Record-breaking desert rains send waterfalls down Australia’s Ayers Rock (VIDEO)
Footage published by RT’s Ruptly video agency shows the spectacular sight of the Australian landmark, located in a hot desert area, transformed into a wet mountain with numerous falls.
The rainstorm caused a temporary shutdown of the Uluru-Kata Tjuta National Park due to an “extreme weather event” as scores of streams cascading down the bottom of Uluru flooded the approaches to it.
"There's a lot of water… coming off the rock and what that does is just channels across the ring road around Uluru, some of those roads there were flooded by about 300 to 400mm of rain. [There are] quite spectacular but very hazardous road conditions," ABC quoted park manager Mike Misso as saying.
About a hundred locals in the remote community of Kintore, located some 520km (323 miles) from the closest city of Alice Springs, have been evacuated, some 40 percent of homes have been damaged in what was described by the Australian Bureau of Meteorology as a one in a half-century kind of event.
“Water levels reached one meter and was fast flowing in parts, however it has now receded,” police reported on Monday.
The desert area witnessed some 23.2cm of rain within 24 hours after a storm reached the region on Christmas night, which brought the total amount of rainfall to 37.3cm in December, renewing a monthly record.
“We've only got about 15 years of records at that location, but it's clearly well above previous totals,” Bureau of Meterology (BoM) forecaster Mosese Raico said, as cited by AAP.
According to Acting Superintendent Pauline Vicary, cited by ABC, another community, Papunya, has been “completely isolated” with a deluge making roads “impassible.”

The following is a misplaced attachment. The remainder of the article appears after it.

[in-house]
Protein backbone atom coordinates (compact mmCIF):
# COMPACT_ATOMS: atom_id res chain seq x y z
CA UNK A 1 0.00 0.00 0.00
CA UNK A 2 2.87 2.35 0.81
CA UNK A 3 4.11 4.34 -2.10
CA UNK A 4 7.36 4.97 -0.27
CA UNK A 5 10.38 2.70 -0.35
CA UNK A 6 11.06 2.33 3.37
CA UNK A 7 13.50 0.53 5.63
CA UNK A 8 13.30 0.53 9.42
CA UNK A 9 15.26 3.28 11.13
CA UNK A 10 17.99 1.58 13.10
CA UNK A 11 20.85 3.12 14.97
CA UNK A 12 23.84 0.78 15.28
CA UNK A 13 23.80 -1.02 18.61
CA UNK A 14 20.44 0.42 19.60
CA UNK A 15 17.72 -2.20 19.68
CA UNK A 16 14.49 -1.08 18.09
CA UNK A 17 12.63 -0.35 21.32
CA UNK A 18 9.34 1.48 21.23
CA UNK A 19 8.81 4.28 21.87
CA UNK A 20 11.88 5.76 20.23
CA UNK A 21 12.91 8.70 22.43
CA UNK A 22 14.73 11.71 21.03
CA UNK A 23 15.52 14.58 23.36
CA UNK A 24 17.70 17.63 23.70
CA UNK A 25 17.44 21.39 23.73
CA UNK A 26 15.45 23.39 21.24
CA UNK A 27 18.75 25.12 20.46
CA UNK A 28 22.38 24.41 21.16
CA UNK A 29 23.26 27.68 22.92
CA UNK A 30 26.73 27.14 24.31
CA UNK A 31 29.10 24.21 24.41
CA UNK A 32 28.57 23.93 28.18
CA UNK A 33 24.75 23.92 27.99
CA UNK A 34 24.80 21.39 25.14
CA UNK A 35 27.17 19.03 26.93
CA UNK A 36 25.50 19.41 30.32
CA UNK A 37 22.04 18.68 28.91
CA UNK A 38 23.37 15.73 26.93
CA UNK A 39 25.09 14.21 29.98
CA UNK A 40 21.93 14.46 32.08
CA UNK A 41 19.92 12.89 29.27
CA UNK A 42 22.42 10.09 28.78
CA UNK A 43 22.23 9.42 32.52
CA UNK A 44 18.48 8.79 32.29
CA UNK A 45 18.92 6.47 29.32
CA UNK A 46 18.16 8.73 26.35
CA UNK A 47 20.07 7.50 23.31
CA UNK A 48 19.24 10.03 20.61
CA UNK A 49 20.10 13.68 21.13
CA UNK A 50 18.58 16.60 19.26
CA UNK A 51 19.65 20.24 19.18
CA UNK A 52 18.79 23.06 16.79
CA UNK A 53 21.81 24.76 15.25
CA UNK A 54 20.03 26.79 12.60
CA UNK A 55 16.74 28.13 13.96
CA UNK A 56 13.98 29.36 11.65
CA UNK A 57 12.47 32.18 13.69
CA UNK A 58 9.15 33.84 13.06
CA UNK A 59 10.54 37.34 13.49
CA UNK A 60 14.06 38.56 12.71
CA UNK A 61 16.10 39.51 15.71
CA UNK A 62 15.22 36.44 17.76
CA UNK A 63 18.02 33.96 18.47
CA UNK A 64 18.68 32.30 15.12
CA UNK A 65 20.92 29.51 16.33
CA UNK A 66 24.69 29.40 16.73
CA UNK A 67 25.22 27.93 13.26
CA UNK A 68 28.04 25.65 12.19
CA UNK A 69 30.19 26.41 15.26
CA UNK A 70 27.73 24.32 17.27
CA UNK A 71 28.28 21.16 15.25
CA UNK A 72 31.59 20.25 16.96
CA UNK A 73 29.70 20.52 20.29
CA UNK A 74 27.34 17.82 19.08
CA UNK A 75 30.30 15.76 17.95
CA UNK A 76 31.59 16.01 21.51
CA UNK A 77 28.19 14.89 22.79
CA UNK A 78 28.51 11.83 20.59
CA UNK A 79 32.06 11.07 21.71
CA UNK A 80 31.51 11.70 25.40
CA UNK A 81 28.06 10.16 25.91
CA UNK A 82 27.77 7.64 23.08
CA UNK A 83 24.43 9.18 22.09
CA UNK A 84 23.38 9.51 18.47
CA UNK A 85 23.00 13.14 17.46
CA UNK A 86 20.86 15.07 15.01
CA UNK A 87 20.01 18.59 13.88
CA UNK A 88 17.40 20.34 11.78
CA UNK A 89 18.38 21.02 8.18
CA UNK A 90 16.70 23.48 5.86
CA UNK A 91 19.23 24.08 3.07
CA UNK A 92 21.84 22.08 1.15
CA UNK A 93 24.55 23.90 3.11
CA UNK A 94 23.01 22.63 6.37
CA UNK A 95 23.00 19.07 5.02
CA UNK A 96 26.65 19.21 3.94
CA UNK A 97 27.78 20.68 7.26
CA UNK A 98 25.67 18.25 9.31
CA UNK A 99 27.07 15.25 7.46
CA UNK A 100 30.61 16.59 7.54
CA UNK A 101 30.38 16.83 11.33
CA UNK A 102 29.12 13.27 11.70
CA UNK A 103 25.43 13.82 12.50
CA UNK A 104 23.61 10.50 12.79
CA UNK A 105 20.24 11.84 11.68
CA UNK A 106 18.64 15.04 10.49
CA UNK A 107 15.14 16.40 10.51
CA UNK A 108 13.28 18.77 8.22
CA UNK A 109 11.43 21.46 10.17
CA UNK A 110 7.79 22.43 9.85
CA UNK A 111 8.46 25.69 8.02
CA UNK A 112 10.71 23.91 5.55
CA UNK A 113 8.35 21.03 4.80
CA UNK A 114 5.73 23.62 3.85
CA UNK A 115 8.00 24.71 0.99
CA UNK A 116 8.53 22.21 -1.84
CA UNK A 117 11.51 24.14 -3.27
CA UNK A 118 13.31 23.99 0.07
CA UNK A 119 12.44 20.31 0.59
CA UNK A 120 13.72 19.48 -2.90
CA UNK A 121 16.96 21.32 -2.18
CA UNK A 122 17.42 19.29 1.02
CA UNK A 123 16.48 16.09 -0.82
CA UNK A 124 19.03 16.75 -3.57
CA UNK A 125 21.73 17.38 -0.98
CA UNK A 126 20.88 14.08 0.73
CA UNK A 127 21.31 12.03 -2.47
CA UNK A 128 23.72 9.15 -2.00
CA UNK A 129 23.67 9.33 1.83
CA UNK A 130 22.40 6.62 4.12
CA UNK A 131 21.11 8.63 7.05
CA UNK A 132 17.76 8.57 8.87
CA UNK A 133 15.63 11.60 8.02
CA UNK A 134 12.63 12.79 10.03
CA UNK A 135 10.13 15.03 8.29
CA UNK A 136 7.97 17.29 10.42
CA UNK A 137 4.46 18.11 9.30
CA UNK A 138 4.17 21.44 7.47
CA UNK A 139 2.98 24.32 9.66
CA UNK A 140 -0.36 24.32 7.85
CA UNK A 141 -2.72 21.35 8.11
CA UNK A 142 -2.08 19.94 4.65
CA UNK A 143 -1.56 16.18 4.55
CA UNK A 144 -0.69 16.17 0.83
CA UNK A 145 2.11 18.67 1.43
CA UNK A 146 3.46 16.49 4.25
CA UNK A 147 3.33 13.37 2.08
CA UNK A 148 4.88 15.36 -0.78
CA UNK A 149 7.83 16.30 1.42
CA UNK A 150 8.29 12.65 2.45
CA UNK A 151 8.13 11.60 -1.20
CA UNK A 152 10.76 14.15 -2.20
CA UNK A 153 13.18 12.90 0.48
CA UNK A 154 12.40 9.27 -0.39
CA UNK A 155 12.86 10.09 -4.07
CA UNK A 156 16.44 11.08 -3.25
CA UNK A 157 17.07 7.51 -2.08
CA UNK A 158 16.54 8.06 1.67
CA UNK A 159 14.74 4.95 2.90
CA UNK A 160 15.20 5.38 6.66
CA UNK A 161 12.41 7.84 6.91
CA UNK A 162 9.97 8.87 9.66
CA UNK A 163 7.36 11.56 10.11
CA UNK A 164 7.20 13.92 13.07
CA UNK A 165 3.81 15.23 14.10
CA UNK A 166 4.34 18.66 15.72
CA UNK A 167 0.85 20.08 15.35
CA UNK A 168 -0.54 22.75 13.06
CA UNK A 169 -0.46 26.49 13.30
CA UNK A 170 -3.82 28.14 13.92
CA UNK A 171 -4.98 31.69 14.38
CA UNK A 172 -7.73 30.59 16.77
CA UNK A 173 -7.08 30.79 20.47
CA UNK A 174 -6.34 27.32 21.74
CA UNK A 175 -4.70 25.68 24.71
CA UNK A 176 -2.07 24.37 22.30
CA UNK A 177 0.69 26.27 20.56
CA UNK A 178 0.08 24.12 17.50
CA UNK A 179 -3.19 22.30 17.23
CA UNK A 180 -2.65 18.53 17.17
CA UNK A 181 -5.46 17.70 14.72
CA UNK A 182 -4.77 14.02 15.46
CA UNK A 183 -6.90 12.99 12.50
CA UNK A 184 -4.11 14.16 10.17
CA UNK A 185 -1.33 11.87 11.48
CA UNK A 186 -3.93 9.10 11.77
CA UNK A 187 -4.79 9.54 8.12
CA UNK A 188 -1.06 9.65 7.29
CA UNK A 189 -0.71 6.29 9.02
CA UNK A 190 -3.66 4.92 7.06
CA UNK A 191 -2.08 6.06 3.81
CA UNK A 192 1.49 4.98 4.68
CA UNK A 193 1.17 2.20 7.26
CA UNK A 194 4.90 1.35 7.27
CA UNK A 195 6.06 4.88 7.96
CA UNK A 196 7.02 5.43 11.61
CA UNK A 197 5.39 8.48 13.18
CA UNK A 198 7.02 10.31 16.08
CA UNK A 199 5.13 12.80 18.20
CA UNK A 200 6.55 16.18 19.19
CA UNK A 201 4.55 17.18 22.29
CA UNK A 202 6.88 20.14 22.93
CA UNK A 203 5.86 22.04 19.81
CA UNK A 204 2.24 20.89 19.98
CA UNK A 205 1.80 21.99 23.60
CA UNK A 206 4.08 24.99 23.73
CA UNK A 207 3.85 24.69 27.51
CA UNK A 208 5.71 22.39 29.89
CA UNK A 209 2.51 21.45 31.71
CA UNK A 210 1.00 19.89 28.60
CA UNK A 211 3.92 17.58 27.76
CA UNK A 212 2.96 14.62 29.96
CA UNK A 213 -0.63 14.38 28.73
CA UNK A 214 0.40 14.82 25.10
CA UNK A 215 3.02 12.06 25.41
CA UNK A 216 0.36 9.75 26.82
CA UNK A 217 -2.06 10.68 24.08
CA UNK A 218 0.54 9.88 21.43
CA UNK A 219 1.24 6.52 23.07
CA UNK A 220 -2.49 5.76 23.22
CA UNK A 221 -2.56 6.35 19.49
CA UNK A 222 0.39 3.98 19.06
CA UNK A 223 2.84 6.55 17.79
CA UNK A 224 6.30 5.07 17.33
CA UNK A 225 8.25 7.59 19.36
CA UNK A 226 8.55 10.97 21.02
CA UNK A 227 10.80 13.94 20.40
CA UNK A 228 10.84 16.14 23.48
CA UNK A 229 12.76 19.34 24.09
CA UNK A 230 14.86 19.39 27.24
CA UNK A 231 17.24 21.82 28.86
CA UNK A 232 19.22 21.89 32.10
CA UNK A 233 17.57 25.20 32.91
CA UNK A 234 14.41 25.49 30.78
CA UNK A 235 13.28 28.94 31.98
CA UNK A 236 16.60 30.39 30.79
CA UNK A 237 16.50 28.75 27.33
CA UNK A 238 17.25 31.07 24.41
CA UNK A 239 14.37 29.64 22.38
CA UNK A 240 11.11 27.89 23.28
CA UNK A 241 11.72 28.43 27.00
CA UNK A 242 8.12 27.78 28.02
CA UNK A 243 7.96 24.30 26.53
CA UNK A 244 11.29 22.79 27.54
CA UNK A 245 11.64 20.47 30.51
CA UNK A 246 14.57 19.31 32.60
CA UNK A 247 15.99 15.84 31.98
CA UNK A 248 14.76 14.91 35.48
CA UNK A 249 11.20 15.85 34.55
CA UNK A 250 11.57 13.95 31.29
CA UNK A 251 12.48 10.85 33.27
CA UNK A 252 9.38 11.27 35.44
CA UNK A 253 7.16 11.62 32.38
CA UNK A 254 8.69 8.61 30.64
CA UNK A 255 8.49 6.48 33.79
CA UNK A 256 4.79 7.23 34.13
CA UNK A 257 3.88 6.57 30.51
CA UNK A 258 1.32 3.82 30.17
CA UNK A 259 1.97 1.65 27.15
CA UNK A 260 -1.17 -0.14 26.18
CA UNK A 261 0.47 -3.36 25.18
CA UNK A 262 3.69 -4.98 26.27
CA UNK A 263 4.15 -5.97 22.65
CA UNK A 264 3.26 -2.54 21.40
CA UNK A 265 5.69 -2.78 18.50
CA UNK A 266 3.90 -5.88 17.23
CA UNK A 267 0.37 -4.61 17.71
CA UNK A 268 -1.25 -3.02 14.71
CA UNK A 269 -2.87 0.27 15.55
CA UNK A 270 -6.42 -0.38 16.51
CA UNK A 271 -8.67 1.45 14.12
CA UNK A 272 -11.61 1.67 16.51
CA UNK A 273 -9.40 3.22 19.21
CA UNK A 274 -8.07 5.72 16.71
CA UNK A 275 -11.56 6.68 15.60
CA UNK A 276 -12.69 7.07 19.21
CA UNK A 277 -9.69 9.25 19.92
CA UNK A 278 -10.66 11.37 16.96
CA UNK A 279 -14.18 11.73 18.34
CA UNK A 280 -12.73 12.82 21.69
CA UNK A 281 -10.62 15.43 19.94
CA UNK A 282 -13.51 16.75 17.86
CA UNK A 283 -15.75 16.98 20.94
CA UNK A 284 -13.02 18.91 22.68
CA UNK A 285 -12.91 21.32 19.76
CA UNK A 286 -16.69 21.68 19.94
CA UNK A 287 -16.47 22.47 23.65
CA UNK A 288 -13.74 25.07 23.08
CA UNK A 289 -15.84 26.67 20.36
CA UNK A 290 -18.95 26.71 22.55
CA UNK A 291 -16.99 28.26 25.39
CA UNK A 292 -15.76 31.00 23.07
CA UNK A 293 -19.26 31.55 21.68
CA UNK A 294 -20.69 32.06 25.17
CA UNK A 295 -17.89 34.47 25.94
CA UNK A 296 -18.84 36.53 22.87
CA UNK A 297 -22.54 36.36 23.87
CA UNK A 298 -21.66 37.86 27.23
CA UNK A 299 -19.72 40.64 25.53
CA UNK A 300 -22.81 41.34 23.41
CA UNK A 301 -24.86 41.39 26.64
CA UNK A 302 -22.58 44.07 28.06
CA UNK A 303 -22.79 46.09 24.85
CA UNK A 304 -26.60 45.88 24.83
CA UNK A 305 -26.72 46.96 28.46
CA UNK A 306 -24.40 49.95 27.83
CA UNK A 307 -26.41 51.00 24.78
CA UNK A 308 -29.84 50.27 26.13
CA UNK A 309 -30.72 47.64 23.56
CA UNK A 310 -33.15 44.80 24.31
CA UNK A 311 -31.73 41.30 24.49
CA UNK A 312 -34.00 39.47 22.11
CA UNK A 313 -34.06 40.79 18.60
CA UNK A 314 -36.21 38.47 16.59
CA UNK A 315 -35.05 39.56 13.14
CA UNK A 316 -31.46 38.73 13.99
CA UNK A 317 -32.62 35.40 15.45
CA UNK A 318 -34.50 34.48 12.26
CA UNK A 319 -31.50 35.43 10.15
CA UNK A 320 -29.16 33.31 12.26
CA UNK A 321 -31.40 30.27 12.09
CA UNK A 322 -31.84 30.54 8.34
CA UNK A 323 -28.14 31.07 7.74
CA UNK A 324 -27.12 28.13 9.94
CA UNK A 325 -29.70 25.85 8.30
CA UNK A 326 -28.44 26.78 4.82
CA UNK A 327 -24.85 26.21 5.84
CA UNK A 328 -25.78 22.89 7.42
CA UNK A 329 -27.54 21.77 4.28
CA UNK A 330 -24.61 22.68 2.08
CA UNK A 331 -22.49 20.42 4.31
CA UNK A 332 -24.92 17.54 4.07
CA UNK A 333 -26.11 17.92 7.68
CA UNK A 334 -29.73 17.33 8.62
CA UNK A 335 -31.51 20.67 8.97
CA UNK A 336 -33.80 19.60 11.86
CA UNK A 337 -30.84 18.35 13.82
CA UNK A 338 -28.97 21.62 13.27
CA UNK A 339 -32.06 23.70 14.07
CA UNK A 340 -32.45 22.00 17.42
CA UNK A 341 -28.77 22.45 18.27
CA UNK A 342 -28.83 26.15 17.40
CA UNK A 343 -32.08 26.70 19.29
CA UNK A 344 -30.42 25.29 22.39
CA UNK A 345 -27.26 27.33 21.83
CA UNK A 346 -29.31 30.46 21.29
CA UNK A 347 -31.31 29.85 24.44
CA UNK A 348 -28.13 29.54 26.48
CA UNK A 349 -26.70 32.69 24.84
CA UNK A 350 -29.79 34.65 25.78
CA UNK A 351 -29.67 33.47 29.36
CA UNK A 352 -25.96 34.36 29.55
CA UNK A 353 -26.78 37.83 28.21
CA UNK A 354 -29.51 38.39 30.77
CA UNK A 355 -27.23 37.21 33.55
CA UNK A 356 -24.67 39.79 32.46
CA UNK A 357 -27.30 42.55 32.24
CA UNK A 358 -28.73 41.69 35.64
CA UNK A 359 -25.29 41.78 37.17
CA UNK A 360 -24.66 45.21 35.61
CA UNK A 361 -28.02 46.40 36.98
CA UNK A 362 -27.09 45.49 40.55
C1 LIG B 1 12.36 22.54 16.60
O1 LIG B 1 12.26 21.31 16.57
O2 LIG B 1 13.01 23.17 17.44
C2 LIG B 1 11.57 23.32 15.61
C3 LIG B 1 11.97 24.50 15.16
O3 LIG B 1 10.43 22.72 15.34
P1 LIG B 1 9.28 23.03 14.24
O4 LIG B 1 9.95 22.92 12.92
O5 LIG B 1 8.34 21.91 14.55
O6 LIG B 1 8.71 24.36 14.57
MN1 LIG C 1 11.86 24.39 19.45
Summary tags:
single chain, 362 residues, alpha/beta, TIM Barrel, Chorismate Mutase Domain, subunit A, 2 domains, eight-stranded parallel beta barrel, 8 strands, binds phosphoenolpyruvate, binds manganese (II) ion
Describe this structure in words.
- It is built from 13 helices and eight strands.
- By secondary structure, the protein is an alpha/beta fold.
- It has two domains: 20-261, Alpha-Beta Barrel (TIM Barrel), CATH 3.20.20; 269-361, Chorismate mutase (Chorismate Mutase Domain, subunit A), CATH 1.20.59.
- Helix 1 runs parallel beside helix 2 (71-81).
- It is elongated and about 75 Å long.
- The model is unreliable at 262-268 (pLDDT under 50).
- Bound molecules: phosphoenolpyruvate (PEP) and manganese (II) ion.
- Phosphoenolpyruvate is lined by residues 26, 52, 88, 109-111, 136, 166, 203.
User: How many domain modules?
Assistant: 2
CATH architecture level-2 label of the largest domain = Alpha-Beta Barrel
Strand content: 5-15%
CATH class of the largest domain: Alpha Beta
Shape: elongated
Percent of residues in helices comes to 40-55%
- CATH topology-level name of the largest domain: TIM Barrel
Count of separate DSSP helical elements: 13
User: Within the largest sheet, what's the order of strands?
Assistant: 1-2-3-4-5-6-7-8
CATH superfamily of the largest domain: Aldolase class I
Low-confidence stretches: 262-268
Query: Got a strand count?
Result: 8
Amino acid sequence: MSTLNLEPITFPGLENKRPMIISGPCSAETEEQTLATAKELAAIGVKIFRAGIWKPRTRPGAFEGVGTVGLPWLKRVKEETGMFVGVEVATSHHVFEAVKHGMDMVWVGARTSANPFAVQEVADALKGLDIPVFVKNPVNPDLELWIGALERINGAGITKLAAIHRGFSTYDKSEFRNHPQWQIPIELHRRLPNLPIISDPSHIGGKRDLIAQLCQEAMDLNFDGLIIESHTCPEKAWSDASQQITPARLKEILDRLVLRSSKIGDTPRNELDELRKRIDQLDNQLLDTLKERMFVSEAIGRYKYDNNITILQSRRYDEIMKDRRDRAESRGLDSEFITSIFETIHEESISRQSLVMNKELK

The central square in Yulara community was completely covered with water, with fire crews pumping the water out of it on Monday.
The storm is expected to lessen its impact on the affected area on Tuesday, the official Northern Territory BoM tweeted, stating that “heavy rainfall is expected to ease across southern Northern Territories as the focus shifts to Monsoon trough development across the north later this week.”
Meanwhile, the park resumed operation on Tuesday, with rangers urging tourists to be extremely cautious due to the remaining water on the roads.
“All roads are now open, but there is still water across the road in several areas, so please drive with care,” park officials said in a Facebook post, adding that although rangers are doing their utmost to ensure safety some of the walks will remain closed to public for now.
Uluru, also known as Ayers Rock, lies some 335km (280 miles) southwest of Alice Springs. The 348-meter-high, 9.4km-long formation is of a tremendous cultural significance to local indigenous people, Pitjantjatjara Anang, and a popular tourist attraction with up to 500,000 visitors a year. It is notable due to its shape and distinctive chameleon-like color dependent on the time of day and year. The rock has been recognized as a UNESCO World Heritage Site.